The Temporomandibular joint (TMJ) is the "connection" point between your mandible and your skull.
If the joint becomes irritated (a condition known as TMJ disorder), it can make all of these functions very difficult and extremely painful.
The exact course of treatment for your TMJ disease will depend on the diagnosis given to you by Dr. Tebyanian.
It is responsible for many different functions, including opening and closing your mouth, chewing, speaking, and yawning.
At Olney Center for Oral and Maxillofacial Surgery, we can provide you with the treatment you need to alleviate the pain in your TMJ, giving you back your quality of life.
The second line of treatment will depend on the exact diagnosis of TMJ disease given to you by Dr. Tebyanian.
The Temporomandibular joint (TMJ) is the "connection" point between your mandible and your skull. It is responsible for many different functions, including opening and closing your mouth, chewing, speaking, and yawning. If the joint becomes irritated (a condition known as TMJ disorder), it can make all of these functions very difficult and extremely painful. At Olney Center for Oral and Maxillofacial Surgery, we can provide you with the treatment you need to alleviate the pain in your TMJ, giving you back your quality of life. The most common diseases affecting the TMJ include:
- Myofascial temporomandibular disorder (TMD), also known as myofascial pain syndrome, is caused by tension, fatigue or spasms in the masticatory muscles.
- Internal derangement of the TMJ, is a disruption or displacement of the disc within the joint.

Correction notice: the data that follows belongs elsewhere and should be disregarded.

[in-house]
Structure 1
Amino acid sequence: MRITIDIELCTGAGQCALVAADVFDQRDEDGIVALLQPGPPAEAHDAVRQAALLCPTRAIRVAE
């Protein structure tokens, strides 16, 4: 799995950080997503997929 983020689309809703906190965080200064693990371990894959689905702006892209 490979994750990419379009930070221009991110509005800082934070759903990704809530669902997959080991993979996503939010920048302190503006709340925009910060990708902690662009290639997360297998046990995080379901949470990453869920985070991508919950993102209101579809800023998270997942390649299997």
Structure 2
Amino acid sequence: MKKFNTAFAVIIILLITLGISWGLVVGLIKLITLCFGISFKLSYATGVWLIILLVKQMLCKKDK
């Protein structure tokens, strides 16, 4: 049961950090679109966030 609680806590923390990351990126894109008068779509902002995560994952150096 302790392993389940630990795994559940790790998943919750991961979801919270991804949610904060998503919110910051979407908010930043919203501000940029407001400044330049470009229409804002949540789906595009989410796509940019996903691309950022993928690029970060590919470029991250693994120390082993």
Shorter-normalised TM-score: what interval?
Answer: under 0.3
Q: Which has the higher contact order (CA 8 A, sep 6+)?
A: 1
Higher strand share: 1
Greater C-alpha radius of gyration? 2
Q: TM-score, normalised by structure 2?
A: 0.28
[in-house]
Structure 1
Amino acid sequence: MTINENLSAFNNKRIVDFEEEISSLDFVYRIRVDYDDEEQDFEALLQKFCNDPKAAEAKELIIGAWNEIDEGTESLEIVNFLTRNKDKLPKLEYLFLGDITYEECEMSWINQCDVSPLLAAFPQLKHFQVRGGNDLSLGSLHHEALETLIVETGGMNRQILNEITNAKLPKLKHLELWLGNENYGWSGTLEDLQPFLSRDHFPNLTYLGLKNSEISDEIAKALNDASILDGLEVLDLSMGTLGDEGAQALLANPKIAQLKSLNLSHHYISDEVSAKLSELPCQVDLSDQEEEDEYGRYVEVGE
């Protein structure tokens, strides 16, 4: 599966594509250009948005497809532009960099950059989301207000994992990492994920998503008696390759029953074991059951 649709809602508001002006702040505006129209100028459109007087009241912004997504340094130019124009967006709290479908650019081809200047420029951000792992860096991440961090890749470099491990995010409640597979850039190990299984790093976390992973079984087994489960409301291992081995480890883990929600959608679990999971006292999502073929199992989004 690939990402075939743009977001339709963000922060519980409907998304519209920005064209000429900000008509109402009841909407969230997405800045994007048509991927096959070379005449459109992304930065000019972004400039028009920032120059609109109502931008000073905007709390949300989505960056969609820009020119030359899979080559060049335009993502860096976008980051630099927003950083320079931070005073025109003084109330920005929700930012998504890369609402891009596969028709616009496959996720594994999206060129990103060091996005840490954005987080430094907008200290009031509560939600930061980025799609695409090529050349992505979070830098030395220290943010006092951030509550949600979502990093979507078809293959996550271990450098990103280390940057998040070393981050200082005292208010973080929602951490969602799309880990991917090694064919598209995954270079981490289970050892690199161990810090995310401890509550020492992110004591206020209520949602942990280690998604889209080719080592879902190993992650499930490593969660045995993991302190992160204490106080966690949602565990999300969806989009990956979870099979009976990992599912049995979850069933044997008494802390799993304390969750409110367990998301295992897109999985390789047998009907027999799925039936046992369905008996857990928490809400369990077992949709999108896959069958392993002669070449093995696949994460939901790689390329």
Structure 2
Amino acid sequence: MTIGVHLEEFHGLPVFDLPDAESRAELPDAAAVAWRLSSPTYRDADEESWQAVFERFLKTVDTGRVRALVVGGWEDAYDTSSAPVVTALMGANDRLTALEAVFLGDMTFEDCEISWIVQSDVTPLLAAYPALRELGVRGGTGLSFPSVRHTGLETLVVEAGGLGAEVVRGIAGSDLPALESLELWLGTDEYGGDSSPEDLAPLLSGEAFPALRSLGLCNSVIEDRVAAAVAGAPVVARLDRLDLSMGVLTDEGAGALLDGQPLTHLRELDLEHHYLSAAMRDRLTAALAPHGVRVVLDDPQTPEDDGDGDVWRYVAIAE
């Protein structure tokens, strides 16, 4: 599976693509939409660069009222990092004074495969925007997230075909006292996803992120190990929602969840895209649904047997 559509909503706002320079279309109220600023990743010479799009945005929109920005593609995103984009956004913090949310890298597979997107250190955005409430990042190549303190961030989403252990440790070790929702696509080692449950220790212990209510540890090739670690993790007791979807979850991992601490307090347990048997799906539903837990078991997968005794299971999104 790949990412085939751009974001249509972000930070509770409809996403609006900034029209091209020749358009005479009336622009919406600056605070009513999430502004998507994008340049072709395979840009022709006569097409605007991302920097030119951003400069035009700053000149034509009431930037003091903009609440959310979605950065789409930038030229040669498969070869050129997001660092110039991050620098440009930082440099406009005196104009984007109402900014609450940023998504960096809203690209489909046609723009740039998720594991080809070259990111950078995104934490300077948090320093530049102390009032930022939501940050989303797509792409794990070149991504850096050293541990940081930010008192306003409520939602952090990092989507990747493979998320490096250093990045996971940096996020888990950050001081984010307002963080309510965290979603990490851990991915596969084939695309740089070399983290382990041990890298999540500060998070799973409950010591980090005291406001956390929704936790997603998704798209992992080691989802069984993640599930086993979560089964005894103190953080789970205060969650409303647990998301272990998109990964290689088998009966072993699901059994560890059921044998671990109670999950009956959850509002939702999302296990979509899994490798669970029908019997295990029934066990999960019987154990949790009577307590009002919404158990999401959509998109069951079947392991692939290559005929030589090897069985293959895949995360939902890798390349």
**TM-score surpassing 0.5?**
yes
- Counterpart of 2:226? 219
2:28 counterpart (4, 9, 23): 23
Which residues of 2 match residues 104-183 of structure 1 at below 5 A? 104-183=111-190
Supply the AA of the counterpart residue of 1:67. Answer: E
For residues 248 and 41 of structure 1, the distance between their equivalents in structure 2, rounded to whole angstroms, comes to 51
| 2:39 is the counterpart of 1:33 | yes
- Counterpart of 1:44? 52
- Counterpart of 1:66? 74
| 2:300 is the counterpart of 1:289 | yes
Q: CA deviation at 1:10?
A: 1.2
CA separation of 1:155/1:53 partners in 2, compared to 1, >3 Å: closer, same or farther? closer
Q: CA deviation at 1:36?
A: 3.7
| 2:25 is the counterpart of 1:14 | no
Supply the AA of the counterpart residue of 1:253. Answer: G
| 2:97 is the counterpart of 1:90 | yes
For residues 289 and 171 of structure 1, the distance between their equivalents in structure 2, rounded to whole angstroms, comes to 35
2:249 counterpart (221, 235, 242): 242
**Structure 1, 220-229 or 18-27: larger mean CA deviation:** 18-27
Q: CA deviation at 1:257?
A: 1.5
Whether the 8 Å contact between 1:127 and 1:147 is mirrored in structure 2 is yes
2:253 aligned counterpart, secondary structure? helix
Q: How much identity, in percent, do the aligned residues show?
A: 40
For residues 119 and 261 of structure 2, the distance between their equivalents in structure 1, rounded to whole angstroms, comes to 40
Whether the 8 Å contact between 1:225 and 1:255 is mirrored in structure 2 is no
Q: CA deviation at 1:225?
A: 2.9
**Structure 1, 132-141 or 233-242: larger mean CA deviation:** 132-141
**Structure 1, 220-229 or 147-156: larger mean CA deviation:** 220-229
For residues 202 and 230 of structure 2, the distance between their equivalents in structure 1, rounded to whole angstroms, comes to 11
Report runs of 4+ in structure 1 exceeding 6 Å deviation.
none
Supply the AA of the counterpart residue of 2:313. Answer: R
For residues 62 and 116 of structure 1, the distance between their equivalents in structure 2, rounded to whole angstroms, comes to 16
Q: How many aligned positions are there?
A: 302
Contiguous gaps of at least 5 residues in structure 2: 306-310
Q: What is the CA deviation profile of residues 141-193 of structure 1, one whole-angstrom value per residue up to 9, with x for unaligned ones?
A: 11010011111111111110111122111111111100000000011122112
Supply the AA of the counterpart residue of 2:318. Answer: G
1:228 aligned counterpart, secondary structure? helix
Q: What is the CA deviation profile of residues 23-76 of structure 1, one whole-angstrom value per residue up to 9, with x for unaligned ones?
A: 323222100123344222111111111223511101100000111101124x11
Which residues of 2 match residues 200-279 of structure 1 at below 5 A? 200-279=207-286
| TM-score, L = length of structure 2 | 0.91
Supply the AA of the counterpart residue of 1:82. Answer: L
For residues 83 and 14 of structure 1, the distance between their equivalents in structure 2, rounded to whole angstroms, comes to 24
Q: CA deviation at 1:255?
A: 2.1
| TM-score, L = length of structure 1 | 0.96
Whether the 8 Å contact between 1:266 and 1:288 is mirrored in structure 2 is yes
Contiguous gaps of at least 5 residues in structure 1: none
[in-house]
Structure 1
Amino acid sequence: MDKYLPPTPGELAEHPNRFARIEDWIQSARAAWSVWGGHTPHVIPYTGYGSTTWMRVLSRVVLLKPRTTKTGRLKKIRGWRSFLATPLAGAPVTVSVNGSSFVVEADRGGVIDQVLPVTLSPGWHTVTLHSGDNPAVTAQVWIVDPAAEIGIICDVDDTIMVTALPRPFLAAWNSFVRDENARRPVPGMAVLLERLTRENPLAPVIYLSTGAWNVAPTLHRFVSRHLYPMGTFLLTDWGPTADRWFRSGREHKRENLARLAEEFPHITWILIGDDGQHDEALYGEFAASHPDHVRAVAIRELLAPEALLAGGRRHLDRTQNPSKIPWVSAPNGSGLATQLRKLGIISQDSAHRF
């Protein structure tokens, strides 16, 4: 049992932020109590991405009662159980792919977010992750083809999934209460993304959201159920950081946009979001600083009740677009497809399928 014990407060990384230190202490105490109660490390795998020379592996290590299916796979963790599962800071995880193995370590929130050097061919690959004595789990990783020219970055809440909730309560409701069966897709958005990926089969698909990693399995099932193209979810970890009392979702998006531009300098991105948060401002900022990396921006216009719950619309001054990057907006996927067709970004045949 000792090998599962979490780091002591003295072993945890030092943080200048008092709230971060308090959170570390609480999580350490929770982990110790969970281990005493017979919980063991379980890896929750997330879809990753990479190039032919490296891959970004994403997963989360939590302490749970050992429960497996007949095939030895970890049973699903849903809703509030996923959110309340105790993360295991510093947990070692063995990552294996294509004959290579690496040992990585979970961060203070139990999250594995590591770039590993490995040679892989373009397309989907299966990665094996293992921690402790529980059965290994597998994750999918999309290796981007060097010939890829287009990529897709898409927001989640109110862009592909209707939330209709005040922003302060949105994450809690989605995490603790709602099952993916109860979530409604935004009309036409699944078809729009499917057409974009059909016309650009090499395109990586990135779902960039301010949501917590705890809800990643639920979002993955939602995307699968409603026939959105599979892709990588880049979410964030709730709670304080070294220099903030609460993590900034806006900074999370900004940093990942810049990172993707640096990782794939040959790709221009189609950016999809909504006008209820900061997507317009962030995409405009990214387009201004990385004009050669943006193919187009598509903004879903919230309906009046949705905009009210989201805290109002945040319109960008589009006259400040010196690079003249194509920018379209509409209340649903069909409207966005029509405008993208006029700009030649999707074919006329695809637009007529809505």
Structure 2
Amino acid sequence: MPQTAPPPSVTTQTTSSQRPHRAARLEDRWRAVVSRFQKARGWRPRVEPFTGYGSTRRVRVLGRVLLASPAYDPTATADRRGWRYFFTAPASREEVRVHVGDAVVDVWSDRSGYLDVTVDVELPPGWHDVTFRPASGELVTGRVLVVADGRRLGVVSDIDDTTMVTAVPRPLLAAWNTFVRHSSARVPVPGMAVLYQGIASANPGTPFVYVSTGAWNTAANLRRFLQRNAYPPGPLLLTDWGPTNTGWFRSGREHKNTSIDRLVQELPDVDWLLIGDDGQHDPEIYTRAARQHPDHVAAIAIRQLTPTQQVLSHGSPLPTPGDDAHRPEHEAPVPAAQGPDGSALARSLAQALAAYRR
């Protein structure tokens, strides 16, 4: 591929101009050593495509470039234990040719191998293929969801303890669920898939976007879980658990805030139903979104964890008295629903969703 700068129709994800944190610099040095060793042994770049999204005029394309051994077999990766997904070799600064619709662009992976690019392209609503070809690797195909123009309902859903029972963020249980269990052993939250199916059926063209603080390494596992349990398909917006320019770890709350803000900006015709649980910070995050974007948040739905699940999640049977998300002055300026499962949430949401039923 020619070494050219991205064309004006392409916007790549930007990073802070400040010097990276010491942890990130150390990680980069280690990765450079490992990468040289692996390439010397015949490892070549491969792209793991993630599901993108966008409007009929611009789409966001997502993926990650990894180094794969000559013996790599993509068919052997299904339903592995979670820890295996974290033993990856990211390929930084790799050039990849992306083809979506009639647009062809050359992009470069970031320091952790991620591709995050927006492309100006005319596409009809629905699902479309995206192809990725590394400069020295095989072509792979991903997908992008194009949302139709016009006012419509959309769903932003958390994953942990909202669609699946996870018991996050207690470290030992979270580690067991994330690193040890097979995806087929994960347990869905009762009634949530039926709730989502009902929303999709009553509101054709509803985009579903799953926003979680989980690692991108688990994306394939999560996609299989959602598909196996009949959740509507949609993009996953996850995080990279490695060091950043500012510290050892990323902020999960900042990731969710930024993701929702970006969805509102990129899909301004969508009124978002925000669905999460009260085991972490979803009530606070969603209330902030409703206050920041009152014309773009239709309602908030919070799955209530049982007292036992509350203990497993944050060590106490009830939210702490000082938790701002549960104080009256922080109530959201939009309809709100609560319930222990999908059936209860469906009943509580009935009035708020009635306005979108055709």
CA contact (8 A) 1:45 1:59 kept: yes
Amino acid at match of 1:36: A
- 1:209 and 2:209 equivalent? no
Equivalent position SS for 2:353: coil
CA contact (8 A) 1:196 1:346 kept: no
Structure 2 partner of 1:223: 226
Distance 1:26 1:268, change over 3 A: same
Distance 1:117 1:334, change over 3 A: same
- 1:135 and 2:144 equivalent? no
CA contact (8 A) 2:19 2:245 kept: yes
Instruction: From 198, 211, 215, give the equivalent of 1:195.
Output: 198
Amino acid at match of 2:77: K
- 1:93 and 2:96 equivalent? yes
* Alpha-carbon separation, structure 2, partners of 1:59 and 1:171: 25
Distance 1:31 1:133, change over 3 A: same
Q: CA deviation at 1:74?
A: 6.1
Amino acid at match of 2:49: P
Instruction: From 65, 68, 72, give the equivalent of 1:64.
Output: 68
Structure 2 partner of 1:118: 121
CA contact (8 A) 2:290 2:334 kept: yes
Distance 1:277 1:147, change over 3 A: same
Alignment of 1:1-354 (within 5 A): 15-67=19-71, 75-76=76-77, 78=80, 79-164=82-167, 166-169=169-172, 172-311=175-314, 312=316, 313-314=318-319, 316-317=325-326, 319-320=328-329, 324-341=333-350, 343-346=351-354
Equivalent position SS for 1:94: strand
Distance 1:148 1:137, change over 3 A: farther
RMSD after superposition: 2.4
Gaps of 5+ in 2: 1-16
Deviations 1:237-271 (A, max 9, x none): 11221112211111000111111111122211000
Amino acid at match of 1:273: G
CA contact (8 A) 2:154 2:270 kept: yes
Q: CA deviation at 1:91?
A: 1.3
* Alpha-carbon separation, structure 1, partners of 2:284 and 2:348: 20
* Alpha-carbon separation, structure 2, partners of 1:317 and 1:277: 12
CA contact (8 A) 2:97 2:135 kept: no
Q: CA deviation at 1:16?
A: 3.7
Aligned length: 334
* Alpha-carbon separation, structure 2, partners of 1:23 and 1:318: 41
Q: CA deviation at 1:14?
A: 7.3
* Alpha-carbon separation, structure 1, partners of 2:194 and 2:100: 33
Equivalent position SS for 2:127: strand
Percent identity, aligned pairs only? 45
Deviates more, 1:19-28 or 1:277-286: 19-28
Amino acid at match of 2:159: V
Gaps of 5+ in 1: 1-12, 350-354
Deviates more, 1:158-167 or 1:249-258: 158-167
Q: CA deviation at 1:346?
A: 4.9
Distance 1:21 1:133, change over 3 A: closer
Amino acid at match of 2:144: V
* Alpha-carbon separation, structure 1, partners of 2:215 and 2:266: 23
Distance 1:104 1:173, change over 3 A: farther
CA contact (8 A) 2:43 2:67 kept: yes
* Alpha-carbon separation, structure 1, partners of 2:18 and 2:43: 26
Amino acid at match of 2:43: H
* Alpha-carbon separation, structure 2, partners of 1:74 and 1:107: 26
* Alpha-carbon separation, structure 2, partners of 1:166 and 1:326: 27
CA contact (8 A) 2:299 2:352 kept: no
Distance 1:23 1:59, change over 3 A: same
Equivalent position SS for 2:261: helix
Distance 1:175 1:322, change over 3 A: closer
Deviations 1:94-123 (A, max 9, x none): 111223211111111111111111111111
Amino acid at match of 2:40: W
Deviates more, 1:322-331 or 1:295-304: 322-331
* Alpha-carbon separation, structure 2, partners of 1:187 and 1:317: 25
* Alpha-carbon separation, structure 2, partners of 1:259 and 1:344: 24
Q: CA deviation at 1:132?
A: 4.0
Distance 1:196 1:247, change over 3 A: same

What Causes TMJ Disorder
- Misalignment of your teeth and/or jaw
- Mouth or jaw tumors
- Jawbone infections
- Bruxism, or the grinding and clenching of your teeth. These actions place excessive pressure on your jaw muscles and the joint, tiring them out.
- Facial trauma. This includes injuries to the face near the jaw and joint, as well as temporary dislocation as a result of whiplash.
- The joint's cartilage is damaged by arthritis, particularly osteoarthritis (when your cartilage wears down), and rheumatoid arthritis (chronic inflammation of joints).
Symptoms of TMJ Disorder
Common symptoms of TMJ disorder include:
- Pain or tenderness of your jaw
- Pain in one or both of the temporomandibular joints
- Aching pain in and around your ear
- Difficulty chewing or pain while chewing
- Aching facial pain
- Locking of the joint, making it difficult to open or close your mouth
The exact course of treatment for your TMJ disease will depend on the diagnosis given to you by Dr. Tebyanian. For the two most common diseases affecting the TMJ (myofascial TMD and osteoarthritis), your initial treatment will include Anti-inflammatory and pain medications (typically NSAIDS or Tylenol), physical therapy and a night guard/occlusal splint to wear at night. Most doctors recommend a trial of these therapies for a minimum of two months before considering other interventions.
The second line of treatment will depend on the exact diagnosis of TMJ disease given to you by Dr. Tebyanian. Most conditions can be managed with minimally invasive or reversible interventions. These therapies should be fully exhausted before surgery is considered.
Patients with TMJ disease involving the muscle may benefit from injections of medication (Botox or steroids) into the affected muscle or the addition of stronger medications.